They Inspire Science

They Inspire Science

They Have contributed to the Careers of Many Scientists: female mentors Who Nourish the Vocation. A few testimonials from our colleagues at the IRCM.

From left to right: Frédéric Charron, Sophie Debrus and Mona Nemer.

Dr. Jean-François Côté:
I would like to thank my mentor, and now friend, Dr. Kristiina Vuori, of the Sandford Burnham Prebys Institute in La Jolla, California. From my early days as a postdoctoral fellow under her supervision, she encouraged independence, creativity and rigour. She has supported me at every stage of my career since 2001, both by providing support letters and by taking the time to discuss our personal and professional lives. With 13 years as president of her institution, her background is rich and diverse. Our discussions stimulate reflection and help me to clarify my thoughts. Thank you Kristiina!

Dr. Nabil Seidah:
I would like to sincerely pay tribute to two exceptional women who have played a key role in my scientific career: The first is Dr. Annik Prat, a staff scientist at the IRCM, who was the key person who defined the in vivo roles of convertase proteins and their gene regulation. The second is Dr. Catherine Boileau of the Hôpital Bichat-Claude Bernard, in Paris, France, who was the first scientist to realize in 2003 that PCSK9, discovered at the IRCM the same year, is intimately associated with the development of Familial Hypercholesterolemia. 

Dr. Eric Racine:
I want to acknowledge the contribution of Dr. Judy Illes, Professor at UBC, Director of Neuroethics Canada. She was my postdoctoral mentor at Stanford from 2004 to 2006. A pioneer in the development of neuroethics, a world-renowned Order of Canada recipient, a Fellow of the Royal Society of Canada and the US Academy of Sciences, and a strong advocate for women in science, she never spared a moment to offer energy and valuable advice to me and countless other researchers around the world. Her outstanding mentorship has been recognized with an award from the Society for Neuroscience and most recently with a new award in her name offered here at the IRCM at the annual conference of the International Neuroethics Society.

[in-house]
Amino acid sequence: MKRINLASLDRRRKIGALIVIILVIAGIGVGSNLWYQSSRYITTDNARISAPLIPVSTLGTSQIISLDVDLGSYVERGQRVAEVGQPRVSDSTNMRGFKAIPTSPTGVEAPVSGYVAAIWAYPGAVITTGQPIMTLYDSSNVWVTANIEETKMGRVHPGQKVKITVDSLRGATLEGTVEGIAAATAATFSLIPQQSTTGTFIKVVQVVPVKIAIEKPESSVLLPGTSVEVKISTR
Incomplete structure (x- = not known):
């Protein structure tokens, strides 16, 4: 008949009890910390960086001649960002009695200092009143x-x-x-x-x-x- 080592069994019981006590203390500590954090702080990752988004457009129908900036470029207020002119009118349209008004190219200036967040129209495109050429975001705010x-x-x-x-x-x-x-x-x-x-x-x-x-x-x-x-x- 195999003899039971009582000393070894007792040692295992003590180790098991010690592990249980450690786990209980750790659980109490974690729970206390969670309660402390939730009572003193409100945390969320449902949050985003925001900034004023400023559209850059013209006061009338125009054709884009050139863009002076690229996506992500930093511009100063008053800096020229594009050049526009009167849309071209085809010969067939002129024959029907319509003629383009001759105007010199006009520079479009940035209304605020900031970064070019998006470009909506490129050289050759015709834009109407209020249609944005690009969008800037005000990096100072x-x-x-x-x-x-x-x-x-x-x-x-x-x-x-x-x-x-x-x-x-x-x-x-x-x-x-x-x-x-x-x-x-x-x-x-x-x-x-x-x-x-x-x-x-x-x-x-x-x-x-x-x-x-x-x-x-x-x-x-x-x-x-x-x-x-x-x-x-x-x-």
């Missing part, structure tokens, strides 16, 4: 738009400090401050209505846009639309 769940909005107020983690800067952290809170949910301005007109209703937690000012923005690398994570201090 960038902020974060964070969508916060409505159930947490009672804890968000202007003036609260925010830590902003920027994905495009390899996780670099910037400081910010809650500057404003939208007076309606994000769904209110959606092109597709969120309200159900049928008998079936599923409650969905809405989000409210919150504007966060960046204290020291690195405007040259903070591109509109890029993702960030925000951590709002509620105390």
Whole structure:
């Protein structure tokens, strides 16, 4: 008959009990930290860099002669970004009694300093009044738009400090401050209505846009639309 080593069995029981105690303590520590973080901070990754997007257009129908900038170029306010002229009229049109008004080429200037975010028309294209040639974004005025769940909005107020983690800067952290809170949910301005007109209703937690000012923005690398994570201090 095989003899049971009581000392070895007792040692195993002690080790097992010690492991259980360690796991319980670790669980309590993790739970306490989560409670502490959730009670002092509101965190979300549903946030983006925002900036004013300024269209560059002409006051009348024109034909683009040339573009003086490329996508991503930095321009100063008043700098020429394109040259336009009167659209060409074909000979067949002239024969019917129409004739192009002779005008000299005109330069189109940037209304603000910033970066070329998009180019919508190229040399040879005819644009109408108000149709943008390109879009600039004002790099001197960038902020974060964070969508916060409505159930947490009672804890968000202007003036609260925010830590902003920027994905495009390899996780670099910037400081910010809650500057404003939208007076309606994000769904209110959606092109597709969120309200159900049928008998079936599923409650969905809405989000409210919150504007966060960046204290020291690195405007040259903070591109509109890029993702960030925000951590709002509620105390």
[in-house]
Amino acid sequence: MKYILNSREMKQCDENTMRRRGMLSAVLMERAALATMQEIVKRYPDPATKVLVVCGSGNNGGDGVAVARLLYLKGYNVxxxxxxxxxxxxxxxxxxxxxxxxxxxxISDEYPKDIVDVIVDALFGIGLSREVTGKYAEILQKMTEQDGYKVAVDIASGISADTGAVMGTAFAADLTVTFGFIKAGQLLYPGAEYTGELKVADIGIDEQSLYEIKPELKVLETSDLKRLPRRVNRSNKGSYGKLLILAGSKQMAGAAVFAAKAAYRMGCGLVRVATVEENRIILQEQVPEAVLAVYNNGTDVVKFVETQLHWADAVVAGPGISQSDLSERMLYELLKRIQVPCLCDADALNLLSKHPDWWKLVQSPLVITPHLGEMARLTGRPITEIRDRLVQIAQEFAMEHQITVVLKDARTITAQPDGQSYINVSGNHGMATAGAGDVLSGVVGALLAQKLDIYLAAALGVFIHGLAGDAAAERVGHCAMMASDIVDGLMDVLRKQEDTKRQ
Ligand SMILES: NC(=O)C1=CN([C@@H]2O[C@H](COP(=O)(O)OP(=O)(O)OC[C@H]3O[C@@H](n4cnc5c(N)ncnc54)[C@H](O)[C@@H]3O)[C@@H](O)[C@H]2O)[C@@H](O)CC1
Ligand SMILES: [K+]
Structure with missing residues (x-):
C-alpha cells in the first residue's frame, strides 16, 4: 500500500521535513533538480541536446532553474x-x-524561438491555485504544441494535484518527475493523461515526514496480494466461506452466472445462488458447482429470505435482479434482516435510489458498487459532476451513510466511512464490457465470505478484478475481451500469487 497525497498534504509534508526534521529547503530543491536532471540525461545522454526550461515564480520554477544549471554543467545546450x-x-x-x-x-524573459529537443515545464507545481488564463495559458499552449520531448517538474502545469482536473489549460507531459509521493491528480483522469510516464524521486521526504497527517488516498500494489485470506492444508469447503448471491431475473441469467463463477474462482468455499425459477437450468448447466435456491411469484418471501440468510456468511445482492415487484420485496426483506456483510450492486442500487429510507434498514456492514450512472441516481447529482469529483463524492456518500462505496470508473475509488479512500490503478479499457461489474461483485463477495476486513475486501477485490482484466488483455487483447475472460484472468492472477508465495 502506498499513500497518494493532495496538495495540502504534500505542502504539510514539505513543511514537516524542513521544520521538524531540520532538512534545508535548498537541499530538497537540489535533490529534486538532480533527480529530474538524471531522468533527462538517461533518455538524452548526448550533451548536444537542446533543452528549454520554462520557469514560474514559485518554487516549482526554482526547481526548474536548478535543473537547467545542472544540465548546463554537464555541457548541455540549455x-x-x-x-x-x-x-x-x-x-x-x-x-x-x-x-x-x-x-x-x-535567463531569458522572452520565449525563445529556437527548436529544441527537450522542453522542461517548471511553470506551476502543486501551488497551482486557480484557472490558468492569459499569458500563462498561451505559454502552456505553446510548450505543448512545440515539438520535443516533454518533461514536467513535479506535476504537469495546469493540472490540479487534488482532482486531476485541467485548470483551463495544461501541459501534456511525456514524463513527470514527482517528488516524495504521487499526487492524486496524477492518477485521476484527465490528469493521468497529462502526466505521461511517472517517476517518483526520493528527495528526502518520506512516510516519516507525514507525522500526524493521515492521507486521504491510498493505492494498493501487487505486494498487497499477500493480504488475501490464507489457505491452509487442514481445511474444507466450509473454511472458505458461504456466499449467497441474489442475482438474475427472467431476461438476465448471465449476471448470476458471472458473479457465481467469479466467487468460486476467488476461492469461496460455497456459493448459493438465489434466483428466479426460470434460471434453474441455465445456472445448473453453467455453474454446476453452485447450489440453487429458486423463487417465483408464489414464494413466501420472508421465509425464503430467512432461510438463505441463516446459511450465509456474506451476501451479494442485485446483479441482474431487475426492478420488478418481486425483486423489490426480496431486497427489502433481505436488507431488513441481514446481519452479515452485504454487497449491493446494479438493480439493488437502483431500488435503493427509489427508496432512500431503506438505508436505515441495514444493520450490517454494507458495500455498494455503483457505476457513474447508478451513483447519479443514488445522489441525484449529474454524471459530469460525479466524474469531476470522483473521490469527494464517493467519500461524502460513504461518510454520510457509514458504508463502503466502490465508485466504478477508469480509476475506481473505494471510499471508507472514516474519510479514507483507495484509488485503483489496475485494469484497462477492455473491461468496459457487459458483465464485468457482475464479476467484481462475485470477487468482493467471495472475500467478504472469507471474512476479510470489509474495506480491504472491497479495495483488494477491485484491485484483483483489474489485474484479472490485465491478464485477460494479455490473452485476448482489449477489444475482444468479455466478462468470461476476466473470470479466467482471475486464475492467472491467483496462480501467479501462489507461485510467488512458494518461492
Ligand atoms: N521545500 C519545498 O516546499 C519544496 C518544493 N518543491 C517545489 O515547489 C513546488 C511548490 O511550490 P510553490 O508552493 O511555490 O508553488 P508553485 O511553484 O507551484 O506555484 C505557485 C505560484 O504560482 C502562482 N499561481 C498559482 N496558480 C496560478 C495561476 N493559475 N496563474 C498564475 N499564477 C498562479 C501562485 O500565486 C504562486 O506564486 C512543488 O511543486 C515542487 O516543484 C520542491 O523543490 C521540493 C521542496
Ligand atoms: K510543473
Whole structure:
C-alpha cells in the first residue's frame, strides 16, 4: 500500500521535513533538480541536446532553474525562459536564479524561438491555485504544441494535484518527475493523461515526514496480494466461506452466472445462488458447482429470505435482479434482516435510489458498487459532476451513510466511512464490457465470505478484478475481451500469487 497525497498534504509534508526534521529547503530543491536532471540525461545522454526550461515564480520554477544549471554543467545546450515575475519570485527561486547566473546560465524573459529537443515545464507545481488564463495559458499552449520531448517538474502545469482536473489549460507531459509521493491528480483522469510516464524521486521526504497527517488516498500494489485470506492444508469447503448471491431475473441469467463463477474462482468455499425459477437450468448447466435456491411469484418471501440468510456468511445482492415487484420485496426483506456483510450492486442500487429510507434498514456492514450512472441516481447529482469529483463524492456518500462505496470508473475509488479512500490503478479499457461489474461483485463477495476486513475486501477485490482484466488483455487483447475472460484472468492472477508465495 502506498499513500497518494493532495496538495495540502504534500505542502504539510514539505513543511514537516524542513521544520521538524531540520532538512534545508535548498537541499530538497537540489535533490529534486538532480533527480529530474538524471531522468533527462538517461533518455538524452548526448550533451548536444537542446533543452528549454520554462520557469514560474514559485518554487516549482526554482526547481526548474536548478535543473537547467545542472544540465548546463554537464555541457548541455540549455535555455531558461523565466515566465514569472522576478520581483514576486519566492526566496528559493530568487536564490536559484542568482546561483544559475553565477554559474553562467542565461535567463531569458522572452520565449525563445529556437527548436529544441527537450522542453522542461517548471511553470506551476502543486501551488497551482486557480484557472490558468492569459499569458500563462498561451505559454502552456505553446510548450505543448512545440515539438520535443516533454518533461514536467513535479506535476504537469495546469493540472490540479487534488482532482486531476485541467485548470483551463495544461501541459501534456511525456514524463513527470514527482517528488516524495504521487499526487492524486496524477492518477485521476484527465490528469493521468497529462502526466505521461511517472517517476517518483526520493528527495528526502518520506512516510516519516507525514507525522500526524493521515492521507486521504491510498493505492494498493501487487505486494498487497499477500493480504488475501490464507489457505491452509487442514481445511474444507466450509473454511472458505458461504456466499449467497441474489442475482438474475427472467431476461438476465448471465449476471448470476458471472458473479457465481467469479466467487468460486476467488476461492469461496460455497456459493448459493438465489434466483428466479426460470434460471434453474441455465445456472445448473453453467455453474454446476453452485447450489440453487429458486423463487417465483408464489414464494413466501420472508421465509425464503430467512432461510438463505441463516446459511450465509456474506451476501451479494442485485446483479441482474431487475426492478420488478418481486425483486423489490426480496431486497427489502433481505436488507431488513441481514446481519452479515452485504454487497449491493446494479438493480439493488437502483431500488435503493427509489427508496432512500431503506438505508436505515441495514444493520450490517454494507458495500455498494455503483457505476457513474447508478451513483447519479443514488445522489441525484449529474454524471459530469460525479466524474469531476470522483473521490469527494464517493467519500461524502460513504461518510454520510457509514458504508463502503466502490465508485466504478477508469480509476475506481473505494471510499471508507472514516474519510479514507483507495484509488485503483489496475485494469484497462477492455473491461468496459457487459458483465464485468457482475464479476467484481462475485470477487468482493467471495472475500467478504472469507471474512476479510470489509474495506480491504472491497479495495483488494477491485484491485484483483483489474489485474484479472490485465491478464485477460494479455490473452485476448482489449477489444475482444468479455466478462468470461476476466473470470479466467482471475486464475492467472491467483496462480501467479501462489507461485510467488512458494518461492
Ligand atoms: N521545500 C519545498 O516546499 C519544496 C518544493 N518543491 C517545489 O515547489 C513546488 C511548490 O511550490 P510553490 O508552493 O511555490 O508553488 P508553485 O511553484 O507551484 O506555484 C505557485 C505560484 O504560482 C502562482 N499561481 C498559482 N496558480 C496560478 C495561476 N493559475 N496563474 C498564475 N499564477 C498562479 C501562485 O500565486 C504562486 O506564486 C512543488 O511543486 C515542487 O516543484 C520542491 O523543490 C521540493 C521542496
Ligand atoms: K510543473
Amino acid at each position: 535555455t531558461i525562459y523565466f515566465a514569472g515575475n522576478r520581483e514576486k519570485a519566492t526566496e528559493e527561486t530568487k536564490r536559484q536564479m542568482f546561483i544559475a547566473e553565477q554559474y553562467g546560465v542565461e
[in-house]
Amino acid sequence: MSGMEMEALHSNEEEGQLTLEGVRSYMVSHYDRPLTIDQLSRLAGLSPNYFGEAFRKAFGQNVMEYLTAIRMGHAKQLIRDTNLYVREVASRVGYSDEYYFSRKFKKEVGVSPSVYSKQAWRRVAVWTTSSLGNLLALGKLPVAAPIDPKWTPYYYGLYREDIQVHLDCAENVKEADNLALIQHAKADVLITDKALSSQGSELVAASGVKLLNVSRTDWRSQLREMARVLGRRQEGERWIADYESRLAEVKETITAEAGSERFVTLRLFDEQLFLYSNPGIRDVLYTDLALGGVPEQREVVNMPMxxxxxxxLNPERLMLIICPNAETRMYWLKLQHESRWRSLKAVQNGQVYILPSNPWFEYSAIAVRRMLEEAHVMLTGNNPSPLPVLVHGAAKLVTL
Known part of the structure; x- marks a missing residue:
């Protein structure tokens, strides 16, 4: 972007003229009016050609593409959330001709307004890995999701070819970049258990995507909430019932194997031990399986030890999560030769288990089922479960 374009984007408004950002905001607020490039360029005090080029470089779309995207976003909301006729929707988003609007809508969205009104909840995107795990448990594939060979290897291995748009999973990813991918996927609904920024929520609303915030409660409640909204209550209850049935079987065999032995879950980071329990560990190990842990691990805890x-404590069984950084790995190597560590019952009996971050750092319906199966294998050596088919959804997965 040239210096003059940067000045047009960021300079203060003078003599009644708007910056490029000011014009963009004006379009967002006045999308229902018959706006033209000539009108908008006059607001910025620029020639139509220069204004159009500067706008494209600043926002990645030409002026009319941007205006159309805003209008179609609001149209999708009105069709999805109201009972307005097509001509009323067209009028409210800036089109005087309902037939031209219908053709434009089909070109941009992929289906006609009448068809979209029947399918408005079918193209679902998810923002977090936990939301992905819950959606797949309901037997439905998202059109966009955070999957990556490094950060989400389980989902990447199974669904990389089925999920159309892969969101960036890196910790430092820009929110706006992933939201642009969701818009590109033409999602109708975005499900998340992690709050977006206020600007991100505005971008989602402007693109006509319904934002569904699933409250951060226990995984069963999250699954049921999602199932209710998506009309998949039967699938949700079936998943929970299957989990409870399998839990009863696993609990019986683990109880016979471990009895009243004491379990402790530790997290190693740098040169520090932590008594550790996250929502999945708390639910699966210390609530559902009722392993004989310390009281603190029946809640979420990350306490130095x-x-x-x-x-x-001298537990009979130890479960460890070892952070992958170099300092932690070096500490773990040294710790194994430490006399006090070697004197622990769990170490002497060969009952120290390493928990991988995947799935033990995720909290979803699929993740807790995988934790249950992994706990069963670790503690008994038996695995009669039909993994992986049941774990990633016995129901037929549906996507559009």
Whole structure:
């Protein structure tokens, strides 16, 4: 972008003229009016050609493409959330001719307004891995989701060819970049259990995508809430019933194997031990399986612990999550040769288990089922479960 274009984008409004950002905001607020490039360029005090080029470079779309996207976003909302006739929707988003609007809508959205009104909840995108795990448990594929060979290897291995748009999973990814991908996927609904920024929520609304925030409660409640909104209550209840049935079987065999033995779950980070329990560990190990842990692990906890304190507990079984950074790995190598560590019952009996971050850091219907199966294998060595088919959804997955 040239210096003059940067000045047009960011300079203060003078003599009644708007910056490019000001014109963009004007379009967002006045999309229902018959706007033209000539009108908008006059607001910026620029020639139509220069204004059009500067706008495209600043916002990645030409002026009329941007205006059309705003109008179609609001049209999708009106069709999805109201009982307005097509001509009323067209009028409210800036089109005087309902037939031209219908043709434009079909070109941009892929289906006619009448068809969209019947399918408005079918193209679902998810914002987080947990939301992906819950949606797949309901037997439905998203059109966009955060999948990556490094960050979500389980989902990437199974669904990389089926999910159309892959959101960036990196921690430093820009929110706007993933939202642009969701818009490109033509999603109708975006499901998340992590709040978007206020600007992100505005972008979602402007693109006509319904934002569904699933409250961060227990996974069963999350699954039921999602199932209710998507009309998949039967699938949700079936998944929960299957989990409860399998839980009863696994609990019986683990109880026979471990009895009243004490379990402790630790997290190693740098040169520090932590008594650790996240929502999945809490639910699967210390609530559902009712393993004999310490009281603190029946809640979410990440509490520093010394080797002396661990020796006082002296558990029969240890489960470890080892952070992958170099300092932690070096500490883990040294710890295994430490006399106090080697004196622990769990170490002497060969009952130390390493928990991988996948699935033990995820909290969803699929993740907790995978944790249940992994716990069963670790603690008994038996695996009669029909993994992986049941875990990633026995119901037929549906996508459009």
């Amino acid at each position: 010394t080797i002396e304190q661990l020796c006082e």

Dr. May Faraj:
My mom was of a generation and culture where only men had the opportunity to pursue higher education. So, when it came to her children, she imprinted a drive that skies were the limits for knowledge and what they can achieve with it, boys and girls alike.

Dr. Mathieu Ferron:
I want to acknowledge the role of Dr. Patricia Ducy, Associate Professor, Department of Pathology and Cell Biology, Columbia University. Dr. Ducy has contributed to several major discoveries in the field of bone biology, and I was fortunate to do my postdoctoral training under her co-supervision. What impressed me most about her was her ability to draw something positive from every experiment she performed, regardless of whether or not it produced the expected result. Patricia also taught me that a good scientist is both creative and stubborn. She likes to say that science is a bit like cooking: in both cases, without a touch of imagination, it is not enough to follow the recipe. Her positive attitude continues to influence the way I approach problems.

Dr. Frédéric Charron:
Canada’s current Chef Science Advisor, Dr. Mona Nemer was my mentor during my PhD.  At the time, she was the director of the IRCM Cardiac Genetics Research Unit. I learned so much from Mona! Her inspiration and, most importantly, her openness to unexpected scientific observations, shaped my learning. Even when experiments did not turn out as expected, there was always information to be drawn from them. Often, this new information could even be more important than the anticipated results! As Louis Pasteur said, "Chance favours only the prepared mind.” It means that the better prepared and informed one is, the more he or she will be able to take advantage of serendipitous observations in research. Mona instilled this way of thinking in me, and it has led to many unexpected discoveries. Thank you, Mona!

Back to news list


events and more


IRCM Foundation

Be part of the

Support health research